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The Mystery Guest

Translated by Ben Truman
Published by McNally Editions
Distributed by Simon & Schuster

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About The Book

A “frank and wry, mad and graceful” (Slate) true story about getting dumped, and getting over it.

When the phone rang on a cold November afternoon in 1990, Grégoire Bouillier had no way of knowing that the caller was the woman who had left him, without warning, five years before. And he couldn’t have guessed why she was calling: not to say she was sorry, not to explain why she’d vanished from his life, but to invite him to a party. A birthday party. For a woman he’d never met.

Here is the unlikely but true account of how one man got over a broken heart, regained his faith in literature, participated—by mistake—in a work of performance art, threw away his turtlenecks, spent his rent money on a 1964 bordeaux that nobody ever drank, and fell in love again. Named one of the year’s best books by Slate and the San Francisco Chronicle when it first appeared in English, The Mystery Guest is a “darkly hilarious . . . odyssey . . . that wends its loopy way toward yes” (O, the Oprah Magazine).

About The Author

Grégoire Bouillier was born in Tizi Ouzou, Algeria, and raised in Paris. A former editor of the magazine Science et Vie, he is the author of four works of autobiography, incluidng Report on Myself and Le Dossier M. Having worked as a painter and journalist, he published his first memoir,The Mystery Guest, when he was forty years old. 

Product Details

  • Publisher: McNally Editions (May 21, 2024)
  • Length: 104 pages
  • ISBN13: 9781961341050

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Raves and Reviews

“By its second paragraph, Boullier’s ex—who left him suddenly and apparently cruelly some years earlier—has called to invite him to her friend’s birthday party . . . In the kind of perfectly ironic detail that could only come directly from real life, he decides to distinguish himself by spending more than a month’s rent on a bottle of 1964 Margaux, only to learn that as part of her artistic practice, Calle keeps all of her birthday gifts in storage in their original wrapping . . . It is a tightly written portrait of the artist as a young(ish) mess, and its ingenuity lies in its positioning of the ‘mystery guest’ as an idealized state that exists in diametric opposition to the thoroughly unmysterious position of the ex-lover . . . His problem—much to our delight, since this dilemma is what lends the book its jittery edge—is that he cannot be mysterious to save his life.”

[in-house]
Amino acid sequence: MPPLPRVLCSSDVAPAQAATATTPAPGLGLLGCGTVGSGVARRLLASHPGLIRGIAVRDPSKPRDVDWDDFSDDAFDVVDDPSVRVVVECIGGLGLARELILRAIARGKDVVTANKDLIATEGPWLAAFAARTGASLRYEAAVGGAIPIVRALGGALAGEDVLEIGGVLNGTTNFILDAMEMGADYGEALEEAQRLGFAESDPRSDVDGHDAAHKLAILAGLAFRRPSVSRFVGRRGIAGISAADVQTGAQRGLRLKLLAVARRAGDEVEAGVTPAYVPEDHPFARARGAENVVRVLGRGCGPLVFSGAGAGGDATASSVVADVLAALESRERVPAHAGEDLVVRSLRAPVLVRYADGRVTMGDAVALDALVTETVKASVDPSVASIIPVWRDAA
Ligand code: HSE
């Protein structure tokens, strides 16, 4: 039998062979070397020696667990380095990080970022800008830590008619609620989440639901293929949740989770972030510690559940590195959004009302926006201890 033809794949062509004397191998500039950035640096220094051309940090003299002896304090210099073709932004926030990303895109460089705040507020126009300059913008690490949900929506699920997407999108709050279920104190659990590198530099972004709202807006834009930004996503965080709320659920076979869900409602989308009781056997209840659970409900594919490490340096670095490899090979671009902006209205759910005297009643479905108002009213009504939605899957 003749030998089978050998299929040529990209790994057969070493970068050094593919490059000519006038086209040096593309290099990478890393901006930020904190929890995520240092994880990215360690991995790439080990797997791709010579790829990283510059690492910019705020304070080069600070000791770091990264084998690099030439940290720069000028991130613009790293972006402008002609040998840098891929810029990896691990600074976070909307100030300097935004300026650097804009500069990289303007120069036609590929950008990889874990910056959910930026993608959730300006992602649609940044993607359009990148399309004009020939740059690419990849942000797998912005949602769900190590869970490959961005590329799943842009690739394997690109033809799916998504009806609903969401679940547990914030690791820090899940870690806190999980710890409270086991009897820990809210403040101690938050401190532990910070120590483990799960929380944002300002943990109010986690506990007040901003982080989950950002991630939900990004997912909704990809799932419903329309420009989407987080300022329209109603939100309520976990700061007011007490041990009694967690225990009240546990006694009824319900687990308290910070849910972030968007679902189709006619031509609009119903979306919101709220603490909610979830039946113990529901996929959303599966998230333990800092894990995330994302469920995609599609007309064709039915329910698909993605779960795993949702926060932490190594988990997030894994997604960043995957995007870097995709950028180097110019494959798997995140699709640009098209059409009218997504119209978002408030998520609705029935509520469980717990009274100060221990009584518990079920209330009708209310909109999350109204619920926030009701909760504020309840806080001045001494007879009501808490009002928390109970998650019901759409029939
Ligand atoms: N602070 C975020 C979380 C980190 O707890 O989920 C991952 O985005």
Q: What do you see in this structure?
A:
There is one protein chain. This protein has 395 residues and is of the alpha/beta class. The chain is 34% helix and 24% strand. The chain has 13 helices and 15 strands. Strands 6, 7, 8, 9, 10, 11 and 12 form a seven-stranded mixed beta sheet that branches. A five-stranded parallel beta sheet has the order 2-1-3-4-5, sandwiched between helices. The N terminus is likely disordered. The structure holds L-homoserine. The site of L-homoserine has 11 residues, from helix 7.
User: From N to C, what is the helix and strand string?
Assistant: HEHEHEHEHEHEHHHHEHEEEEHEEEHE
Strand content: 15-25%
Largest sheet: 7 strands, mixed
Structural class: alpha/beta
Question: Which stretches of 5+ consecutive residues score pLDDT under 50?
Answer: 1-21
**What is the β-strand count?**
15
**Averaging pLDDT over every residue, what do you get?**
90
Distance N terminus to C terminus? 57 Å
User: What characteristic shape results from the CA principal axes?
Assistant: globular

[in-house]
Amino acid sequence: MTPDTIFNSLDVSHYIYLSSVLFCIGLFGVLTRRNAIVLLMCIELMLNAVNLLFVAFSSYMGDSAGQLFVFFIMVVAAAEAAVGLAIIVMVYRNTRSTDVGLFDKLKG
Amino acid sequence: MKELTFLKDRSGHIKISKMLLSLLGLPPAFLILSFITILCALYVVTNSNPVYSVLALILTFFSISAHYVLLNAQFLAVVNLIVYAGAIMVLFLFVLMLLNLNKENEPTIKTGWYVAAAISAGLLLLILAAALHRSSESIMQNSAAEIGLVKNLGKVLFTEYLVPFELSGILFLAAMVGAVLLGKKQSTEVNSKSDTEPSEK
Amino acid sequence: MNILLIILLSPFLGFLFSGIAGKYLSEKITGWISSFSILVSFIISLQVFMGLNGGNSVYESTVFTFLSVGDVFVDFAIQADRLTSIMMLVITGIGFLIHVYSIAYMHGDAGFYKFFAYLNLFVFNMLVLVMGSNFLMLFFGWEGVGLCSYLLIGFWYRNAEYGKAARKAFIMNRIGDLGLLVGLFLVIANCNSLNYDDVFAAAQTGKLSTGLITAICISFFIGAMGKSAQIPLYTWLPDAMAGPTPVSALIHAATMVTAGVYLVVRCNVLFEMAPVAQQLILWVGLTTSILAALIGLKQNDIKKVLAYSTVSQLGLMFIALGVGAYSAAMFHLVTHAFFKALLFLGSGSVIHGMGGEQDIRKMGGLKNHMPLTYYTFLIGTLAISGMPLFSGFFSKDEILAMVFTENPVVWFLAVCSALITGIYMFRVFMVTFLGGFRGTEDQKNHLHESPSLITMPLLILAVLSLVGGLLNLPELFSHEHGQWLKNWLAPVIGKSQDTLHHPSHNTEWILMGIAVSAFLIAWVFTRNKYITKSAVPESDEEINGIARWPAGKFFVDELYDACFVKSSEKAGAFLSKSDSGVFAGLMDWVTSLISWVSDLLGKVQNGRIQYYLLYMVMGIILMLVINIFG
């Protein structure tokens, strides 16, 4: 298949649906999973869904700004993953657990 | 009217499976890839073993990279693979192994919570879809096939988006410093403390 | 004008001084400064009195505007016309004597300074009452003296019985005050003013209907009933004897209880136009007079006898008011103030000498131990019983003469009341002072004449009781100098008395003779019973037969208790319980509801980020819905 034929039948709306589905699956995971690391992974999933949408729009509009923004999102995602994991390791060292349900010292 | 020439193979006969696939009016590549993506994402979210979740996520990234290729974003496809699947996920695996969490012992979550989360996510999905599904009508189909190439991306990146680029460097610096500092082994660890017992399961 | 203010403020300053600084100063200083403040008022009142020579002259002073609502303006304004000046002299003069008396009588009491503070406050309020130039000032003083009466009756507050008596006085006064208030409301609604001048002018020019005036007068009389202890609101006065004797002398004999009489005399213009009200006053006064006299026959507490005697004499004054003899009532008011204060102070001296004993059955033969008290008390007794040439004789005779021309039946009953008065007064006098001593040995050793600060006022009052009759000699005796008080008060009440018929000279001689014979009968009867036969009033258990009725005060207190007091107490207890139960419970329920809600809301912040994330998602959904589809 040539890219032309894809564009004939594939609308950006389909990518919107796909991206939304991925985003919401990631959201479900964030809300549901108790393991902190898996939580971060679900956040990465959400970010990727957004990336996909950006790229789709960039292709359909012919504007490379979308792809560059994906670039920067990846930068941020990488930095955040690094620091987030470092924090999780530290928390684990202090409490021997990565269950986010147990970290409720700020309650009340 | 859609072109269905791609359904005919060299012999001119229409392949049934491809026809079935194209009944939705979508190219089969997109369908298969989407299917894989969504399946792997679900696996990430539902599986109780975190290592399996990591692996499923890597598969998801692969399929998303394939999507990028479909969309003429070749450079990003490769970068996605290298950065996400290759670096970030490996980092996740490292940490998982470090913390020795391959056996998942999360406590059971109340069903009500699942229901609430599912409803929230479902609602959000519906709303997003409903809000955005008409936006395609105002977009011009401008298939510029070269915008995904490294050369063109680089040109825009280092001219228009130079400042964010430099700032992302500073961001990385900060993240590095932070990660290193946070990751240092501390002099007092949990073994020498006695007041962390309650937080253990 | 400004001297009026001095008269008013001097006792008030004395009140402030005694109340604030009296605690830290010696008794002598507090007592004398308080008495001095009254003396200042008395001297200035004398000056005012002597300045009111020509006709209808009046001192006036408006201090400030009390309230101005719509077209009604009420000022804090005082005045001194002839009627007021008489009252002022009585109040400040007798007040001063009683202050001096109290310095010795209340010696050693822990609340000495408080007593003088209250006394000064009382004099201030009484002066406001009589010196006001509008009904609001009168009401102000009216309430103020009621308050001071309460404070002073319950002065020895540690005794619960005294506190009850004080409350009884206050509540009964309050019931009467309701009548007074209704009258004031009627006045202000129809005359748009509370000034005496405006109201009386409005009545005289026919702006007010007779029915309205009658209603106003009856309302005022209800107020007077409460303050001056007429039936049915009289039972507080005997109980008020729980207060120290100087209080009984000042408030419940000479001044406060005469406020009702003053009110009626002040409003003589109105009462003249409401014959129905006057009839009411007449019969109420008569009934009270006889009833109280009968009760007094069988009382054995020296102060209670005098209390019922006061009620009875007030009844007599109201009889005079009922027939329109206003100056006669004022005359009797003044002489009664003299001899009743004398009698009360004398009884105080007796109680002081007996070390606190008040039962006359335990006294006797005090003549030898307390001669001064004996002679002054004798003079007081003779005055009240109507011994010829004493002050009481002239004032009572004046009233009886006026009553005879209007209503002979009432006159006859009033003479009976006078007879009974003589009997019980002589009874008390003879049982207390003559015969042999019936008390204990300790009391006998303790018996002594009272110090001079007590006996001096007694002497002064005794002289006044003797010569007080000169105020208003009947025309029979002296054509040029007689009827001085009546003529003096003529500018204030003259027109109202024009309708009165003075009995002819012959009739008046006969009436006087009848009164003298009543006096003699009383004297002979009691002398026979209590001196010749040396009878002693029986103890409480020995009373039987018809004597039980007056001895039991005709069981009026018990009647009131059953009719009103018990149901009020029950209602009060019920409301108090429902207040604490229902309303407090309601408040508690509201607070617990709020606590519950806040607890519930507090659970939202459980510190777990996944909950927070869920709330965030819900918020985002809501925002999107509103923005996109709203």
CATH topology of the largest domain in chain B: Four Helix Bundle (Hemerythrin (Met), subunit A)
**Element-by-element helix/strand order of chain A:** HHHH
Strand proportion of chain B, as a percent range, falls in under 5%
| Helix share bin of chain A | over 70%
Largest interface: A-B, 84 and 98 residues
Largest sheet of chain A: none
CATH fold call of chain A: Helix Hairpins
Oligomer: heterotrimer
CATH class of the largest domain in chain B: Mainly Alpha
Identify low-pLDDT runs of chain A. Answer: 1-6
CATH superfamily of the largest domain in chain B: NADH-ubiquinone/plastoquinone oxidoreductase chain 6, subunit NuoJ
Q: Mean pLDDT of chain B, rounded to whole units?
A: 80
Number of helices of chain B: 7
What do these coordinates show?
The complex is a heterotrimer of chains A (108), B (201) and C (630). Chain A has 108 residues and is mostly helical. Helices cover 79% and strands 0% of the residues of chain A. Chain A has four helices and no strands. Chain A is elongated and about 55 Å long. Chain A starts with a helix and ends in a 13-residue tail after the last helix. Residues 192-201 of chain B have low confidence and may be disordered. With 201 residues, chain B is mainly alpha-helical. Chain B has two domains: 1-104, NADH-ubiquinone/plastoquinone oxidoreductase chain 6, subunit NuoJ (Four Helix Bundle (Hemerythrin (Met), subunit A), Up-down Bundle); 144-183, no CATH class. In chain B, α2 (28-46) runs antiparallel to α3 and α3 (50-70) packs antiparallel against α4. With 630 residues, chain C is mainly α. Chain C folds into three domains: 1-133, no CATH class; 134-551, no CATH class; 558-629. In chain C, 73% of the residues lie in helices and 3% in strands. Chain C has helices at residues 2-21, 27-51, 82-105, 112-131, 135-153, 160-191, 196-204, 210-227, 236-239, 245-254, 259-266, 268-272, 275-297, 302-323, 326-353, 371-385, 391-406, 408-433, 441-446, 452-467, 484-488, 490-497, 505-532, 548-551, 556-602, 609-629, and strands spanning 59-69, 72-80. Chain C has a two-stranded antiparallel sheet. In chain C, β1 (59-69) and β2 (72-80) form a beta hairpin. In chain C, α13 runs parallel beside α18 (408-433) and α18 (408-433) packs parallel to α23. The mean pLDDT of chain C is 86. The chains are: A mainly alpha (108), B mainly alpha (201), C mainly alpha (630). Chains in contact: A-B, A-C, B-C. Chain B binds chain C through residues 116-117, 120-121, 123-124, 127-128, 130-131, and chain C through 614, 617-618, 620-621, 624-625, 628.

– Philippa Snow, Bookforum

“I woke up the other morning and started to read this marvelous book. I stayed in bed until I had read the last page. I could not for the life of me think of anything in the world I wanted to do but read this book. I am tempted to stay in bed until Grégoire Bouillier writes another one.”

– Daniel Handler

“This perfect little book [is] a message to extraterrestrial intelligence that says: we are human, heartbroken, grim and funny in our despair, yet hopeful and miracle-prone.”

– John Hodgman

“The year’s most charming oddity . . . Frank and wry, mad and graceful, Bouillier riffs on his convictions, delusions, and stray theories in [this] French pastry, performing a kind of slapstick philosophy that sheds some light on his soul.”

– Troy Patterson, Slate, Best Books of 2006

“Sad, funny and vivid . . . As The Mystery Guest beautifully shows . . . even when the story seems to have spun out of our control (your lover leaves you, you lose your job, you are surrounded by intimations of mortality and loss) the power to reclaim it lies within your grasp.”

– Erica Wagner, New York Times Book Review

“Existential angst has rarely been as humorous or as heartbreaking.”

People

“Proust in a bottle . . . Read it . . . Pick it up again. Be startled.”

GQ

“A refreshingly odd voice . . . With its restless intelligence, The Mystery Guest manages to encompass all the thematic preoccupations of its touchstone, Mrs. Dalloway: time, fate, and the meaning of life. And unlike Ms. Woolf, Bouillier keeps us laughing . . . Bouillier’s prose . . . turns every interaction between the narrator and his fellow guests into a comic meditation on the impossibility of communication . . . And then suddenly, in a stunning reversal, Bouillier sets off the depth charges he’s quietly been planting throughout the book. In the end, we discover that The Mystery Guest isn’t a symphony of missed connections after all, but a kind of hymn to possibility . . . It leaves us moved, even as we shake our heads in disbelief . . . The Mystery Guest [leaves] the reader in a state of grateful intoxication.”

– Garth Risk Hallberg, The Millions

“An editor friend once told me that he thought that literature was ‘gossip about human nature,’ and in The Mystery Guest, I find precisely that: excellent gossip . . . and excellent literature. I love the book: it is sharp and witty, swift and compelling, it paints its exclusive world so vividly, and it so precisely captures the circling monologue which so many of us experience as our inner life.”

– Sheila Heti, from the Afterword

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